Elinor A. Accampo A Social Laboratory for Modern France: The Musée Social and the Rise of the Welfare State by Janet R. Horne
Thomas Ertman Institutions and Innovation: Voters, Parties, and Interest Groups in the Consolidation of Democracy—France and Germany, 1870-1939 by Marcus Kreuzer
Frank R. Baumgartner La Longue Marche des universités françaises by Christine Musselin
Revisiting the Poetry
In July 1989, as part of the celebration of the Bicentennial of the French Revolution, the great Martinican poet, playwright, and essayist Aimé Césaire was a special invitee of the Avignon Theatre Festival. I led a round table with him then in the context of the Institut d'Études Françaises of Bryn Mawr College. In his remarks he also read two unpublished poems. One of them, "Parcours," which I translate here as "Journey," is the subject of this article. This piece constitutes a reading of the poem as the poet's looking back, metaphorically, on his poetic journey, fifty years after the publishing of his epic poem, "Cahier d'un retour au pays natal" in 1939. This theme of looking back becomes a way to meditate on my own intellectual trajectory as a scholar of Césaire's poetry. I conclude with a poem of my own, on "Rereading Césaire Thirty Years On."
Renaat Demoen’s Au pays de la grande angoisse (1950–1951)
called Luc, is a kind of secondary hero. He embodies a Catholicism that aims to be heroic in resistance, in the lineage of the confesseurs de la foi in the French Revolution: men and women who were killed because of their refusal to renounce their faith
Sublimations of Monarchy in Georgian Satirical Prints
Morris echoes Carretta in this regard: ‘After 1688, the monarch became the embodiment of the nation’s history, and the past became an ever-living part of the present.’ Marilyn Morris, The British Monarchy and the French Revolution (New Haven, CT: Yale
On the Bicentenary of the Legion of Honor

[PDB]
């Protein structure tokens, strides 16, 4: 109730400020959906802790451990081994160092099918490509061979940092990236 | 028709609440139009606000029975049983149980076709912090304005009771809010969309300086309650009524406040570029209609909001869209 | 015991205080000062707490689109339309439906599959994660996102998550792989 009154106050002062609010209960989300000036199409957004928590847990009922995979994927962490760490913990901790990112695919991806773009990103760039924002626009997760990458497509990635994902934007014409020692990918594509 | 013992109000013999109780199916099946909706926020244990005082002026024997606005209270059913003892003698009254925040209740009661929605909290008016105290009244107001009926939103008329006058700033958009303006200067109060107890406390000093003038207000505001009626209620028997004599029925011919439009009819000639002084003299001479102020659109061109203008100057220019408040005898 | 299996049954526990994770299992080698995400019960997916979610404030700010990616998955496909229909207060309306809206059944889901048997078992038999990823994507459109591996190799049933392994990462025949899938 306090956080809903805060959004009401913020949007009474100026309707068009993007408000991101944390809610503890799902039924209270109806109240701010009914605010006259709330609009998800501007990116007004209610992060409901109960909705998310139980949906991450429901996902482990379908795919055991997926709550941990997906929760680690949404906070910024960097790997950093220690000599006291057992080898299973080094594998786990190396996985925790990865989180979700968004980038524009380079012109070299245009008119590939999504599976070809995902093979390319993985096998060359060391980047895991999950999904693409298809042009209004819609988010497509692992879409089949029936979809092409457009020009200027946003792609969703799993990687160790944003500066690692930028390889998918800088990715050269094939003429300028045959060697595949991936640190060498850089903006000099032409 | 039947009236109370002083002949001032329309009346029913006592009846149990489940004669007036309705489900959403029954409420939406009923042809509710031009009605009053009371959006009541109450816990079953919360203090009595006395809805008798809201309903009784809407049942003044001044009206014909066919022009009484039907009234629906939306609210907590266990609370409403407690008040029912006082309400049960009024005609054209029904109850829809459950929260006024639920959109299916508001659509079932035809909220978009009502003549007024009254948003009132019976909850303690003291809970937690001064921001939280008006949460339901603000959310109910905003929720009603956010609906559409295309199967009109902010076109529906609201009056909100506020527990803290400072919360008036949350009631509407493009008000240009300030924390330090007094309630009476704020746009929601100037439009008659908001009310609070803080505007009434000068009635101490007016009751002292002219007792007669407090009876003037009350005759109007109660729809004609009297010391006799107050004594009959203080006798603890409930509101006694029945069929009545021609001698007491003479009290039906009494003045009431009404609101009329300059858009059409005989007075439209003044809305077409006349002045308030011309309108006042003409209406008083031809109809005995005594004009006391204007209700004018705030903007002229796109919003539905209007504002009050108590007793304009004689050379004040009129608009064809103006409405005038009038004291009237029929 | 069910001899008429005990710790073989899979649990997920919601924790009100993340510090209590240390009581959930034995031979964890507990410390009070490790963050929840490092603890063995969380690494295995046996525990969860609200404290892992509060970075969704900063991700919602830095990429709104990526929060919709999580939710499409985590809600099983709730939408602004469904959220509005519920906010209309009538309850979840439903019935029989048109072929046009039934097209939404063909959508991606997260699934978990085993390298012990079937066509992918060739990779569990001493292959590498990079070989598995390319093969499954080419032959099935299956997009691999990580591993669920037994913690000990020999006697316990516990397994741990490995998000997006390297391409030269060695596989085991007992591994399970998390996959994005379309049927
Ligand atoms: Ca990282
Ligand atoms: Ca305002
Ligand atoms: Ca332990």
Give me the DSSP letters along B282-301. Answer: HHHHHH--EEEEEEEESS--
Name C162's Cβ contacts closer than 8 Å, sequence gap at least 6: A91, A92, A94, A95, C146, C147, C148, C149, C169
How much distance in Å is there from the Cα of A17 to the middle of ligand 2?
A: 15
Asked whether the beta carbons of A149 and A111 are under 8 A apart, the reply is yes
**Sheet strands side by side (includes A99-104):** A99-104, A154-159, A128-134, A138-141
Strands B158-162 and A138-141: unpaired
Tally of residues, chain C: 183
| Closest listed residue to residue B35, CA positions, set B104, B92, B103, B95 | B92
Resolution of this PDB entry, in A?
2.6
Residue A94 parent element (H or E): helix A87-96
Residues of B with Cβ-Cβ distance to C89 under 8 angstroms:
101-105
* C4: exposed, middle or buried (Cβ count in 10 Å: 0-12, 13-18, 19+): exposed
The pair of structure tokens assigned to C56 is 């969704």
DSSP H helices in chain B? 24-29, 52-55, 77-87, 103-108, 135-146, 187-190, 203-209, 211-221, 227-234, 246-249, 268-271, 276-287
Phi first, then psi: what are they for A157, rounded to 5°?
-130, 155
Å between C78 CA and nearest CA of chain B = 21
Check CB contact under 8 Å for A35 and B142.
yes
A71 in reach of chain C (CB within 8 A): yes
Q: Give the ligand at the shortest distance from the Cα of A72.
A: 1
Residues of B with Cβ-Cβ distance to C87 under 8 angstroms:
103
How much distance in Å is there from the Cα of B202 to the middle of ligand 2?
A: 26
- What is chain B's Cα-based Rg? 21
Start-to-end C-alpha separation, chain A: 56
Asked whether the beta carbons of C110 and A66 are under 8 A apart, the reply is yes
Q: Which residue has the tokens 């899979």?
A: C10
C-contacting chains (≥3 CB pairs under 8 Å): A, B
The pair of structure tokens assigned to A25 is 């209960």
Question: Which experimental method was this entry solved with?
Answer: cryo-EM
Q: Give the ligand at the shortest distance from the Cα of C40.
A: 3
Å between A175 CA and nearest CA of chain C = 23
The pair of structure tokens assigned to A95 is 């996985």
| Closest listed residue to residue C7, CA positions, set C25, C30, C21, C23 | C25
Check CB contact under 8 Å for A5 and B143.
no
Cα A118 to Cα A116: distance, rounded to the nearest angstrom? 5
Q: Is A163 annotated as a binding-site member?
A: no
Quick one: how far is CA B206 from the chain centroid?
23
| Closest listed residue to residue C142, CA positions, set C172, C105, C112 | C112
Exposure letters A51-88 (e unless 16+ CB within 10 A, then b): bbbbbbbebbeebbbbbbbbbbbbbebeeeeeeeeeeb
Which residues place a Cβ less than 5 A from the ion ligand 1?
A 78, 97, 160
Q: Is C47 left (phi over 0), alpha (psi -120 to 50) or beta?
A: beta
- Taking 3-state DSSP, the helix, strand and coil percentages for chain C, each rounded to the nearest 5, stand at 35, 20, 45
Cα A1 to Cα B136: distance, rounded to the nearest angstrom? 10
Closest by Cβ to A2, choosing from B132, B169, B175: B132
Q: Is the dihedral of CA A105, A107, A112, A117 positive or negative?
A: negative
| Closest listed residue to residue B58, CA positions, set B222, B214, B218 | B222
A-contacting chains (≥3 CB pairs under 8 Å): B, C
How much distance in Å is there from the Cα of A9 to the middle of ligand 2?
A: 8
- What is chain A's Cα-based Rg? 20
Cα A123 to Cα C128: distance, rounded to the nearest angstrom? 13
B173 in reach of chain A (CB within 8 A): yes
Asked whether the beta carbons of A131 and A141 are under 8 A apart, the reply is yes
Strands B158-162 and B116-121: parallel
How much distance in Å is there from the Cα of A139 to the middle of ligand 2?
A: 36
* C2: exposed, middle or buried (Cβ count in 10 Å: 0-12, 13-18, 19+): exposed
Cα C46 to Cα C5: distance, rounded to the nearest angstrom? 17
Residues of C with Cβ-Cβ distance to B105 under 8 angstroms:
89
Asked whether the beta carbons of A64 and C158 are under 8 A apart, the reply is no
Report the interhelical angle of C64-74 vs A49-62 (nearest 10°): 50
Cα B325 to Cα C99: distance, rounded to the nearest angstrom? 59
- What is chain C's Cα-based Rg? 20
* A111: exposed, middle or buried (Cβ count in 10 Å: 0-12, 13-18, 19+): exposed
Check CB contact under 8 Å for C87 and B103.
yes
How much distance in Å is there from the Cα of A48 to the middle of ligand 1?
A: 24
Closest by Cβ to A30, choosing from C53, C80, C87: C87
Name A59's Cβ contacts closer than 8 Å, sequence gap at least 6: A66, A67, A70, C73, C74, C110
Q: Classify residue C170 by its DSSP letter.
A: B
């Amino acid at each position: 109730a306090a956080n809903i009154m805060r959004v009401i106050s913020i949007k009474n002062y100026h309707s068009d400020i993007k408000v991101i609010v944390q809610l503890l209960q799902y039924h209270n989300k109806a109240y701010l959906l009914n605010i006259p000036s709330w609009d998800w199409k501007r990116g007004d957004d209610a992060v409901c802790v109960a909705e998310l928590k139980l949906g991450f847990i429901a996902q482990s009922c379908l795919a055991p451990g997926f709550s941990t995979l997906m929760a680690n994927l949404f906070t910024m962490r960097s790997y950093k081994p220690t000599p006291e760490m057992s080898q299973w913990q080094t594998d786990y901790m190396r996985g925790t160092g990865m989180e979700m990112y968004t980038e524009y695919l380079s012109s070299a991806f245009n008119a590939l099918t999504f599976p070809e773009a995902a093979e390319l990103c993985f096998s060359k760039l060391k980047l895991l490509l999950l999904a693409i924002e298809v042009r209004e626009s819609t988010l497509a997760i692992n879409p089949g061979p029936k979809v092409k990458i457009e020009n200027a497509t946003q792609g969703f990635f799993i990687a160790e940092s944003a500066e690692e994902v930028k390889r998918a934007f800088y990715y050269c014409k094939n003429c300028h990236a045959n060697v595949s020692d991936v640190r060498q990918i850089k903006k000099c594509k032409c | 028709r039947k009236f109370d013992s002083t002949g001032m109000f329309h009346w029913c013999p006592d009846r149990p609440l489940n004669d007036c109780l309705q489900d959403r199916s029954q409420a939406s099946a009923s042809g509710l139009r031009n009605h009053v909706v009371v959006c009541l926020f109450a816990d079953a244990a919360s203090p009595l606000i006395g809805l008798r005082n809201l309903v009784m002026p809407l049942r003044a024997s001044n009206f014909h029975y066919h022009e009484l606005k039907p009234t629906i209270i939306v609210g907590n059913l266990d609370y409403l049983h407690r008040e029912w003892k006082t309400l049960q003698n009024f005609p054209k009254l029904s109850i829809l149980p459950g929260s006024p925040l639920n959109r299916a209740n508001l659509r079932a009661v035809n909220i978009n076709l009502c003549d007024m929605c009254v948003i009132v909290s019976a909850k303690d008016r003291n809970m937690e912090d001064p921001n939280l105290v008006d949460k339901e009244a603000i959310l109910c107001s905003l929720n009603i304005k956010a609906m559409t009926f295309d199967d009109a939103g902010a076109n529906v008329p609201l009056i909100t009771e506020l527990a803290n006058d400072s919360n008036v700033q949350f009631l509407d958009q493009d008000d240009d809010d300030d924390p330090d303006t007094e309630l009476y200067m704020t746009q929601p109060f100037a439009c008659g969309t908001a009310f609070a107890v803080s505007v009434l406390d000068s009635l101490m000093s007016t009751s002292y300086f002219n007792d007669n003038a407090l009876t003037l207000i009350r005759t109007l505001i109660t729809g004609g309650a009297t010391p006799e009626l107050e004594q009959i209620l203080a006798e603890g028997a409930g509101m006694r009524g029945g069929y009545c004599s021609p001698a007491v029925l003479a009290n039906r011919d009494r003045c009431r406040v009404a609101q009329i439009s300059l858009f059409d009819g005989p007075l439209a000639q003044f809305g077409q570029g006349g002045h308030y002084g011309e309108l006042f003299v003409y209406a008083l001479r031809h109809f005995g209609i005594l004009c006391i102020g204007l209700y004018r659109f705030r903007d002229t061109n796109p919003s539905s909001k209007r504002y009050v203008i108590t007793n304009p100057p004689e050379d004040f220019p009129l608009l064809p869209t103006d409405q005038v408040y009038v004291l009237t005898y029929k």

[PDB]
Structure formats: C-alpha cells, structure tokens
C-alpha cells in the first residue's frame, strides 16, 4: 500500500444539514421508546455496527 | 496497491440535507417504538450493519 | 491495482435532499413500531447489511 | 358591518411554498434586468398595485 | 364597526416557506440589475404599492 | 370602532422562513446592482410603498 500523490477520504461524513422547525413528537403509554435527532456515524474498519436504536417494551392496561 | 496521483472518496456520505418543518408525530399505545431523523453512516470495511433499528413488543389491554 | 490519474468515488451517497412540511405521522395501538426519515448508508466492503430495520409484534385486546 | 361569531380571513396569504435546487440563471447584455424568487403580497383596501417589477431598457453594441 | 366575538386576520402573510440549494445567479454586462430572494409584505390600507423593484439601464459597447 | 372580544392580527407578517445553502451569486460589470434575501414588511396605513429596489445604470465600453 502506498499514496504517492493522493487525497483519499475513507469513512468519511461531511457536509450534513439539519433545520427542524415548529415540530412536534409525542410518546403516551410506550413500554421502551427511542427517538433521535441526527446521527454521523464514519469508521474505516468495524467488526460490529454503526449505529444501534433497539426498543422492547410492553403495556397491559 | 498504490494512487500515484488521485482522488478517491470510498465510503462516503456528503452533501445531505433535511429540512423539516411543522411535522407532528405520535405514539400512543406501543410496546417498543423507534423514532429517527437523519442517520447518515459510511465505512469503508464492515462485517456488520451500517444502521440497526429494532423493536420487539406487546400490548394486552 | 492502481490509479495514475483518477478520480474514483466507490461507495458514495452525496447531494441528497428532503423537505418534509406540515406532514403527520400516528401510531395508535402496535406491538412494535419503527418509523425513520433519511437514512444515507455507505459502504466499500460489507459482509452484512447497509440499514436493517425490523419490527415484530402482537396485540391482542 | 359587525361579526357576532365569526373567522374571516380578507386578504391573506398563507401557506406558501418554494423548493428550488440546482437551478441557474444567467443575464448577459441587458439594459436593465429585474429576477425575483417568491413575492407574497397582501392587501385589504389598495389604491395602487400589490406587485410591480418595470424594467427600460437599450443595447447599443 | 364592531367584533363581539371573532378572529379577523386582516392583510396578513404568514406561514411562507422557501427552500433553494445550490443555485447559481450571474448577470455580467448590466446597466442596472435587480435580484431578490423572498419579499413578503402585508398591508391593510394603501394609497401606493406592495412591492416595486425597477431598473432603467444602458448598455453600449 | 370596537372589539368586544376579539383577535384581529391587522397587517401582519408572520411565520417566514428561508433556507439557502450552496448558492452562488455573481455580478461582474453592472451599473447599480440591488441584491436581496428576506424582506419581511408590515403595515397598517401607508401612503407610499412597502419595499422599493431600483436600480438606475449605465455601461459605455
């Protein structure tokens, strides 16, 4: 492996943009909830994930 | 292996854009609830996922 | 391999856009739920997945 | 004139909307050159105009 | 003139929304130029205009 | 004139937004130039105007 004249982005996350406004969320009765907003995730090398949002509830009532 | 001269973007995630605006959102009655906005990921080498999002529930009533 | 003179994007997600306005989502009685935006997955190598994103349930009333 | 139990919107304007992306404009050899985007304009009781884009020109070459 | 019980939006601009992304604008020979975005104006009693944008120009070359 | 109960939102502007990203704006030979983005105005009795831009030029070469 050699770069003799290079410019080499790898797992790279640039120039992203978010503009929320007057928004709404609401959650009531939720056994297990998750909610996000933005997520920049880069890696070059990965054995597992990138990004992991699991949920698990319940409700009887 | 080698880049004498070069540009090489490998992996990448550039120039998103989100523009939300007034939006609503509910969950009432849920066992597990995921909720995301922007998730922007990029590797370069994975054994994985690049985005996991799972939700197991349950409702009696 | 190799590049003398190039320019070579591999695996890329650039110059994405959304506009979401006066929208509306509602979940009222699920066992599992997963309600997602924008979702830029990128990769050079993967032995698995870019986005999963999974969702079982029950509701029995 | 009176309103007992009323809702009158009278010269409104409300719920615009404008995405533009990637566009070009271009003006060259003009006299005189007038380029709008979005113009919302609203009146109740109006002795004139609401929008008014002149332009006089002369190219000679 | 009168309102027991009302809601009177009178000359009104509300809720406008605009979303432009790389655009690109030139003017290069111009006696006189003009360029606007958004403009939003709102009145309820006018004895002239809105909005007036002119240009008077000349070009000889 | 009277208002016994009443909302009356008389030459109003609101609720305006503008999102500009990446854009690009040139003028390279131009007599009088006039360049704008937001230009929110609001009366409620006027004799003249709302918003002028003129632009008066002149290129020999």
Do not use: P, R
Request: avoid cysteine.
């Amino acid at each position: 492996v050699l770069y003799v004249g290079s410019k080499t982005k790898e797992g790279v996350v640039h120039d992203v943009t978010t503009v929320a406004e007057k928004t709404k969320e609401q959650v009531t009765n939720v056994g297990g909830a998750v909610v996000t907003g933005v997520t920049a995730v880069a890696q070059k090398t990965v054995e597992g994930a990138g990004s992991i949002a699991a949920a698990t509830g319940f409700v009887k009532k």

This article focuses on the findings of a study of titles and honors in twentieth-century France, in which these signs are analyzed as a government technique in their own right. This article shows how, transformed into a state emulation, a style of bureaucratic authority was created, a mode of coercion that favored an impersonal style of control over and between various corps of administrators, artists, managers, journalists, or elected representatives. A government technique was constituted in the distribution of the croix de la légion d'honneur, the most famous of these decorations—one with a conception of exemplarity (that of marks of distinction serving as a model for behaviors transcending the frame of legal obligations) and an emphasis on the soundness of behaviors, the guarantee and objective of a policy of conduct openly intended to replace the policy of rights or classes inherited from the French Revolution. Philosophers and intellectuals were to transform this intuition into a political paradigm: virtue can also, in its own way, be a rule of policing. Rationalized by a fast-growing bureaucracy, these marks of grandeur that constituted a means of emulation have now been trivialized to the extent of no longer being analyzed as such. Reconsidering the conditions in which they operate, this article proposes an interpretation of uses and functions through which the decoration invented by Napoléon spawned an administration of honors, the crucible of a full-blown government science.